How Clothes Are Made From Cotton

by Keith Evans

Cotton Into Thread

Cotton, the fluffy boll gathered from around the seed of the cotton plant, is a major export from a number of localities, including the southern United States. As cotton farmers collect the fluffy fibers, they often bundle them into bales and ship them to factories. Specially designed machines strip the fibers from the cotton into individual units then intertwine a number of individual fibers into cotton threads. Once the cotton is thread, the number of uses for the product expands considerably: threads, yarns, laces and even “gun cottons” for wartime use. If the cotton is destined for clothing, it will be dyed and treated to produce colorful, attractive, soft and durable material.

Threads Into Fabric

Looms, large mechanisms designed to accommodate multiple vertical and horizontal rows of cotton threads, provide surfaces upon which workers (whether robotic or human) prepare cotton for weaving. As workers apply row after row of cotton threads in overlapping vertical and horizontal patterns, the threads join into a solid piece of cloth. Depending on the size and design of the loom, the cloth may be small, large, thin or heavy. The cloth fabric is then ready for processing into any number of products, and the factory may sell the cloth for use by other organizations or simply use it to produce its own in-house clothing.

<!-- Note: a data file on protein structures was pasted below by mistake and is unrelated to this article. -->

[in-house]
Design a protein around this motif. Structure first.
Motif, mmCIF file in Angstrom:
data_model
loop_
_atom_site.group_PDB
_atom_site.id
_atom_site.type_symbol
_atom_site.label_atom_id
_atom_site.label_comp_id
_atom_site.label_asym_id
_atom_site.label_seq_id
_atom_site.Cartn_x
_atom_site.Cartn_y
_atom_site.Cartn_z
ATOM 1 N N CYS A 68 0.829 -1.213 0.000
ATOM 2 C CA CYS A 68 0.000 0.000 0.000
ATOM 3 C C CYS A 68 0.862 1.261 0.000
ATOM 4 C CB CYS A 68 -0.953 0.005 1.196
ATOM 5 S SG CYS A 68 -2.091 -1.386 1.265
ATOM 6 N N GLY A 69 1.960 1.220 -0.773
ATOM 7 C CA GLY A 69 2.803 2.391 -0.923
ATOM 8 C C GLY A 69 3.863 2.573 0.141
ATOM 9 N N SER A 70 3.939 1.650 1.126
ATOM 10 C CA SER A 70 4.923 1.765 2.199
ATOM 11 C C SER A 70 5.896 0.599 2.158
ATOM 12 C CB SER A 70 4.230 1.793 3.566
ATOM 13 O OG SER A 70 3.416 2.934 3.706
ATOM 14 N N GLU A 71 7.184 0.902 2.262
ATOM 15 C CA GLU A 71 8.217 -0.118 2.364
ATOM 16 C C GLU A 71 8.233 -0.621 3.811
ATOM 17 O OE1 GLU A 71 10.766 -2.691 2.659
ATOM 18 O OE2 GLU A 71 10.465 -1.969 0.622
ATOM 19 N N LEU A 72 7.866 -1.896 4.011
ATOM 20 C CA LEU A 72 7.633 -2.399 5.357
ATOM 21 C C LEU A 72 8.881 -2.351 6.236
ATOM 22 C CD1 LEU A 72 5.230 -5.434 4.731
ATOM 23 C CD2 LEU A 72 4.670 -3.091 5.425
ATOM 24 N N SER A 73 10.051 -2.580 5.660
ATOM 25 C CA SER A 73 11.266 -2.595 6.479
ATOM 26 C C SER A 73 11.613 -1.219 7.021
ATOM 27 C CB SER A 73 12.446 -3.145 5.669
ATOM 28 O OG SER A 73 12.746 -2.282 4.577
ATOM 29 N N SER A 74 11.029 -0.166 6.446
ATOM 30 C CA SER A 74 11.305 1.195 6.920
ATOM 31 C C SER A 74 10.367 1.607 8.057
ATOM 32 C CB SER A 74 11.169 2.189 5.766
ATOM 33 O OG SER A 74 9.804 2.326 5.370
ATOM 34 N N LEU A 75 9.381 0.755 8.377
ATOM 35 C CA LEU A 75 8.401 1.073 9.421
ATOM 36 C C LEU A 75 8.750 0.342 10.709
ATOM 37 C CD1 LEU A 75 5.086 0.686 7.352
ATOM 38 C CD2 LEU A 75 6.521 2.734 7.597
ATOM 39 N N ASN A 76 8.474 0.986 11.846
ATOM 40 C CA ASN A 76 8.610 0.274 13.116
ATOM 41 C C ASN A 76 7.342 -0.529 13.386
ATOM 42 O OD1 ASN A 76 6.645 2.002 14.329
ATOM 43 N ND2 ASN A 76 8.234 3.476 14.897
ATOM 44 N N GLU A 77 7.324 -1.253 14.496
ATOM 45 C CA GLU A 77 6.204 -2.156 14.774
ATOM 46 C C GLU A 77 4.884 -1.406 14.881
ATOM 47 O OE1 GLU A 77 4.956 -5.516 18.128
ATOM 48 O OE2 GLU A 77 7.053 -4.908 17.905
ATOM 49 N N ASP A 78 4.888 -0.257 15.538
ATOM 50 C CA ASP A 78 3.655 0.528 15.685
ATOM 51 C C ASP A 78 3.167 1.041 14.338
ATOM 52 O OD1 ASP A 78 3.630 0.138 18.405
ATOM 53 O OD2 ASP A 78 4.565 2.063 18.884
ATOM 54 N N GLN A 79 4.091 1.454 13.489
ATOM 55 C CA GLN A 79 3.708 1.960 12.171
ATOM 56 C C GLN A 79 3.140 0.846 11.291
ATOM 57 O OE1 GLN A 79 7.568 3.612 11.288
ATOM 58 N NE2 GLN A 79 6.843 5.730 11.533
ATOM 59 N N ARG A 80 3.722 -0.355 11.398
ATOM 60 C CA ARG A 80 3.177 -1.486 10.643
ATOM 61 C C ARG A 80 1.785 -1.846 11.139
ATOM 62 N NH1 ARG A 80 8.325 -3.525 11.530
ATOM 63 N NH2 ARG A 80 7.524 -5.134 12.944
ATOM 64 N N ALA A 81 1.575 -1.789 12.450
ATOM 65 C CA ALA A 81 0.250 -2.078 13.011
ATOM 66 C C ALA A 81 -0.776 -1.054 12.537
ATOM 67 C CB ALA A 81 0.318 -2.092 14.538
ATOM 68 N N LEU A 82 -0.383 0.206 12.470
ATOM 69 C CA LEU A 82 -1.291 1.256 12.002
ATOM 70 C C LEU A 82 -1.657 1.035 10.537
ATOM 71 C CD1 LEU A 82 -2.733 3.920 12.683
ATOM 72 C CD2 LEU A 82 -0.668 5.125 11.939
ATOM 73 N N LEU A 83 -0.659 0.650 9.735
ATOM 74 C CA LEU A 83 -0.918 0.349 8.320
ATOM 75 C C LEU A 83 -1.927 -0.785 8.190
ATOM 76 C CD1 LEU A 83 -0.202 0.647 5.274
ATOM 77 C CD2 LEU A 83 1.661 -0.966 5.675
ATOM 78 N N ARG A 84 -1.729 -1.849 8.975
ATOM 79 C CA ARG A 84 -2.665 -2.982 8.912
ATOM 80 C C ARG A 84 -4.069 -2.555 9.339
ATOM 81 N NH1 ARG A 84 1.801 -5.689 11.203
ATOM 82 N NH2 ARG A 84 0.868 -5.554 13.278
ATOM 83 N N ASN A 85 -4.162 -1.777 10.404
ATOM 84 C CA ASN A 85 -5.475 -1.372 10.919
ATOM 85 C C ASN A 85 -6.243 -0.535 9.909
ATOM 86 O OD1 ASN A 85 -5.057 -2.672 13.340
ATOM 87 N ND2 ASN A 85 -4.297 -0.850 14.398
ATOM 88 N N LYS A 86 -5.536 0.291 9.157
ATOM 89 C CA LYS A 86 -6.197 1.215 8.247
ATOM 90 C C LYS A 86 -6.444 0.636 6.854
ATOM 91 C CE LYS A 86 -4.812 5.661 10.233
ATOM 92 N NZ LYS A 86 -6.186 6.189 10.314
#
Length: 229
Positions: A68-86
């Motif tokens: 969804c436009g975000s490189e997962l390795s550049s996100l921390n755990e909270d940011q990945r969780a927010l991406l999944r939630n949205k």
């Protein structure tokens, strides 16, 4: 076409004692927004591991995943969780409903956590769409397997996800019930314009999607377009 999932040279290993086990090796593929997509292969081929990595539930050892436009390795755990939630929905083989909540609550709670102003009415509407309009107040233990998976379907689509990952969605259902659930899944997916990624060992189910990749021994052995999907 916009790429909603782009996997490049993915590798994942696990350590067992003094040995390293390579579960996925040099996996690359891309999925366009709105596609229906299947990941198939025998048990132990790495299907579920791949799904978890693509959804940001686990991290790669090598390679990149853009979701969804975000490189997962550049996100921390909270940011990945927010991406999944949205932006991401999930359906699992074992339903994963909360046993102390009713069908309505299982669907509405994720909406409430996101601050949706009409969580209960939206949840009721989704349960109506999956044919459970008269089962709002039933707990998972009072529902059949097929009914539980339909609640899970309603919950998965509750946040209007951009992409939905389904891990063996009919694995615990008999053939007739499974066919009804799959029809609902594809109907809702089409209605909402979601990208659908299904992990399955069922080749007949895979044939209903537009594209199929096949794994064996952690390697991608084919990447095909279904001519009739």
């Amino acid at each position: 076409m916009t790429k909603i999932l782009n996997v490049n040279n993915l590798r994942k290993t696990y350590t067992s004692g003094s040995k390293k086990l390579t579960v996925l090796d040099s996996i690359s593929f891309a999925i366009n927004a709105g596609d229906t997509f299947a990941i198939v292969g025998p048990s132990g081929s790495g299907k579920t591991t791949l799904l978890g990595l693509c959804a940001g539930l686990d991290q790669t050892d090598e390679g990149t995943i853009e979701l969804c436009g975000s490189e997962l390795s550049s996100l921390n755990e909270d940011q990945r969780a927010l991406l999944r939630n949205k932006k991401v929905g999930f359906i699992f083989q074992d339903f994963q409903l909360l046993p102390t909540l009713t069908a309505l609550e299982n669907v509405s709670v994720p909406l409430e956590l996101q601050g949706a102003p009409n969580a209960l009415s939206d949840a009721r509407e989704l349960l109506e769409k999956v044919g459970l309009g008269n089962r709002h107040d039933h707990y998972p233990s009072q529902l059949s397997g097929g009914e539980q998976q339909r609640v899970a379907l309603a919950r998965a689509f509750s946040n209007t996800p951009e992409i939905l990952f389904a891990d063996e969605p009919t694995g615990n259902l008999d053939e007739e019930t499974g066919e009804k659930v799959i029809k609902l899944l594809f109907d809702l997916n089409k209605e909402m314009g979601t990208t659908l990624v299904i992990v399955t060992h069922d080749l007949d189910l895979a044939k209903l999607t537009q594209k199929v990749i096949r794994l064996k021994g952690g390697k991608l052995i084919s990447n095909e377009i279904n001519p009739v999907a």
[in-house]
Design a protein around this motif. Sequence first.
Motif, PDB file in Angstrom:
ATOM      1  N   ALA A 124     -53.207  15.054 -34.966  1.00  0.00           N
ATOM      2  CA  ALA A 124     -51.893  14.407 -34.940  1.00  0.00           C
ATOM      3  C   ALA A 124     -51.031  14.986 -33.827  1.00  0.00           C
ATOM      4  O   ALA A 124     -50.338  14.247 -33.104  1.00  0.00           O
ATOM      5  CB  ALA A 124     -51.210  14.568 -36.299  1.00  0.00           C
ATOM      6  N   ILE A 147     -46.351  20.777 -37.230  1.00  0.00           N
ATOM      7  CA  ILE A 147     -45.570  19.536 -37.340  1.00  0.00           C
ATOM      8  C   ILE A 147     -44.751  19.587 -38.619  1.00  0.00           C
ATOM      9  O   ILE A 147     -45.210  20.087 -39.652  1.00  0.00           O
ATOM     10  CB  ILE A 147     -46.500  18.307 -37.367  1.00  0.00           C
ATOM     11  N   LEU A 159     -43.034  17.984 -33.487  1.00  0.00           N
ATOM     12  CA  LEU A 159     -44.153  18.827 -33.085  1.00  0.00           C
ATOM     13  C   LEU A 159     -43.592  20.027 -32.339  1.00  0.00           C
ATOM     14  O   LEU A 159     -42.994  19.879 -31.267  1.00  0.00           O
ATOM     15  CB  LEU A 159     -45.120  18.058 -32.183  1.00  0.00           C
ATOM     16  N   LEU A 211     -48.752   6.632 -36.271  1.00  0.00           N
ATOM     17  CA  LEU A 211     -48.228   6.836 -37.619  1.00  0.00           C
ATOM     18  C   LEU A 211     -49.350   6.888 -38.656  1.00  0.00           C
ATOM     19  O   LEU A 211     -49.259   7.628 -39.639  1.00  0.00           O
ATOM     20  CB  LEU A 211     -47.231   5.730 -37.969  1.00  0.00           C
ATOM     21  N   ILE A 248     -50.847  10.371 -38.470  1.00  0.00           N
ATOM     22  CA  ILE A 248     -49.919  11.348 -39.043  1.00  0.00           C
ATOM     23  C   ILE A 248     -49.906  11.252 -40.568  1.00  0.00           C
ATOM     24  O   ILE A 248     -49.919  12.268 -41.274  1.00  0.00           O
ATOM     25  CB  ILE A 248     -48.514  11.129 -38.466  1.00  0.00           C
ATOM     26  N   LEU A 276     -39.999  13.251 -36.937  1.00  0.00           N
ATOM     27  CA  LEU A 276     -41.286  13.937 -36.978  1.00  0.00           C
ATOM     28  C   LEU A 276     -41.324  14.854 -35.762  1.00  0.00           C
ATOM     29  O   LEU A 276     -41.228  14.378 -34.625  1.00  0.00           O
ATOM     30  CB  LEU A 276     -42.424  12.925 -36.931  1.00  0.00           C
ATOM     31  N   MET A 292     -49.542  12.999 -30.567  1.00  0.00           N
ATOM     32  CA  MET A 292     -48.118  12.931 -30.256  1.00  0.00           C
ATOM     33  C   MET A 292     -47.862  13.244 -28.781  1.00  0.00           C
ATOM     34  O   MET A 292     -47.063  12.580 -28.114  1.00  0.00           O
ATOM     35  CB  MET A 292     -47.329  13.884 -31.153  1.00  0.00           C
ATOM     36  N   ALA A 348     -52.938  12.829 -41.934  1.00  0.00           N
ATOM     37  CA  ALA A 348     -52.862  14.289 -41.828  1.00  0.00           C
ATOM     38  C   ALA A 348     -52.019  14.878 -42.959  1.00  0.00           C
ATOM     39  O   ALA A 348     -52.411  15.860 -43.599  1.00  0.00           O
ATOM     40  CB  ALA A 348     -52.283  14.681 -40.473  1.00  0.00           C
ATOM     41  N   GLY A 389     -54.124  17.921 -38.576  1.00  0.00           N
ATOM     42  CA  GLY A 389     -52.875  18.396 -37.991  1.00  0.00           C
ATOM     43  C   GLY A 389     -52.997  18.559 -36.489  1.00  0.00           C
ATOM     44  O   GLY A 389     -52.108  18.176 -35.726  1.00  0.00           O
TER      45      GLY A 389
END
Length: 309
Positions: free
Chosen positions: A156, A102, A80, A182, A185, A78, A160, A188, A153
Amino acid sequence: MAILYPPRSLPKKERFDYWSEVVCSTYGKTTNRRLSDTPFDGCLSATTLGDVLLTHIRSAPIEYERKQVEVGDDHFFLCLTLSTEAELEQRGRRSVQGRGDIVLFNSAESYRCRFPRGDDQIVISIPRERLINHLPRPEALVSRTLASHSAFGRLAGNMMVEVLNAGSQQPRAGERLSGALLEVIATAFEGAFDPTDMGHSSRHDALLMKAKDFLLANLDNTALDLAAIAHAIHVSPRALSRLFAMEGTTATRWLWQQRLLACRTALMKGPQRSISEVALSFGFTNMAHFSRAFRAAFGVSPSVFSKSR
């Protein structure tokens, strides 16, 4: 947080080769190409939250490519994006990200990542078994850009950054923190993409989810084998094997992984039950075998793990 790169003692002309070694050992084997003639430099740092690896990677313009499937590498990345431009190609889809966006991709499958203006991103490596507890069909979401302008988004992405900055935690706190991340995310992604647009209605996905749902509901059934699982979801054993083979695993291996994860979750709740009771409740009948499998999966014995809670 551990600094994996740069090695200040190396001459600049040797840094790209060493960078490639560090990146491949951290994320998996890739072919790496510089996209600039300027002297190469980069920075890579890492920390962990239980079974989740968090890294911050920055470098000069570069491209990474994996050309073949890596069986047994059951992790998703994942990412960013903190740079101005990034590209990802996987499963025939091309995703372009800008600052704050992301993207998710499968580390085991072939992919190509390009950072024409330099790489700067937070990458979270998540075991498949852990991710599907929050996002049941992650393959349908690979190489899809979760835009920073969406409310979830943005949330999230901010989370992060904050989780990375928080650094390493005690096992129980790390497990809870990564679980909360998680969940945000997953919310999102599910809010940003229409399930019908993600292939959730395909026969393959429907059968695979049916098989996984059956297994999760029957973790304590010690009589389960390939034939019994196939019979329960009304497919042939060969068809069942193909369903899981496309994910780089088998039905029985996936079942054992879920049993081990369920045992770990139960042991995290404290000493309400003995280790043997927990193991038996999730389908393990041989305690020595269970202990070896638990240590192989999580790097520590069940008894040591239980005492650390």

Fabric Into Clothes

With cotton fibers turned into threads and woven into cloth, they are ready to complete their transition into clothes. Depending on the designer and technology, the cloth may go to a seamstress or tailor for careful, meticulous work, or it is placed on machines for fast cutting and hemming. Whether by hand or machine, workers use a pattern to ensure consistent and useful clothing designs. A shirt pattern, for example, may be designed to measure a certain number of inches across the chest, along the sleeve or around the collar; the pattern sets the dimensions to cut cotton cloth into these precise measurements. Workers or machines then sew the pieces of cloth from the pattern add hems, cuffs, buttons, zippers or other adornments; and finish off the clothing with embroidery or other design work.

About the Author

Keith Evans has been writing professionally since 1994 and now works from his office outside of Orlando. He has written for various print and online publications and wrote the book, "Appearances: The Art of Class." Evans holds a Bachelor of Arts in organizational communication from Rollins College and is pursuing a Master of Business Administration in strategic leadership from Andrew Jackson University.